I have two things and a wife,
a triumvirate of something within
the all order of my life.
The mind with its own triumvirate
of imagination, thought
and memory wants—no demands—
a going forth into a new gathering
and brooks no traverse of its seek
for scraps and litter along the way.
It brings me poems.
The cat brings me mice
which my mind files
with lice and rice for rhyme;
with cat and cheese for trite;
with hunt and god for vengance
where small things rise—
shrews, sparrows and tattered worms—
in my sentimental verse, triumphant,
just against tooth and claw.
My wife does not bring but is
a poem, and has her own triumvirate—
this home, our children, and her God.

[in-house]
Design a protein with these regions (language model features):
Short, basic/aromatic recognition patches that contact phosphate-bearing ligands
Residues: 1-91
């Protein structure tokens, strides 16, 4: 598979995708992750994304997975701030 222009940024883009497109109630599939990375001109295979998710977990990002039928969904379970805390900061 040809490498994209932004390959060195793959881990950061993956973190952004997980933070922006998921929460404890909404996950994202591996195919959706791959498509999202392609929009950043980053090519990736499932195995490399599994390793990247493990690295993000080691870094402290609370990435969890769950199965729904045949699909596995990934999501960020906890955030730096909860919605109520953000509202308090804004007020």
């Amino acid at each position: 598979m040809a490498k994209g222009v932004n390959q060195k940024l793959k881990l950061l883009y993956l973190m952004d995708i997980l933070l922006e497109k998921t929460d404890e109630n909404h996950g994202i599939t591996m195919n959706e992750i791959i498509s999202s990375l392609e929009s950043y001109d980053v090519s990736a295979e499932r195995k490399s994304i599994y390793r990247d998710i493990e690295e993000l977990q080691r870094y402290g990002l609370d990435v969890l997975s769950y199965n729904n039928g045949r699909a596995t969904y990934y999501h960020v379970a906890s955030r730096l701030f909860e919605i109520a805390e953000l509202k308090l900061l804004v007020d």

Of these the cat believes in home;
and my mind, loving two and her,
files god with dog for rhyme
and wordplay, with mankind for what
man is or makes order up about,
with Aphrodite and hurricane
for a reason of his of.
Why it files him as stud and bull
is for another verse or rhyme
but not of this poem.
It files children, the three of them, with love
and her for how these are of us and all we have,
like home which it files with the odor of our lives
and with the one of poetry and of love
she brings to all the above.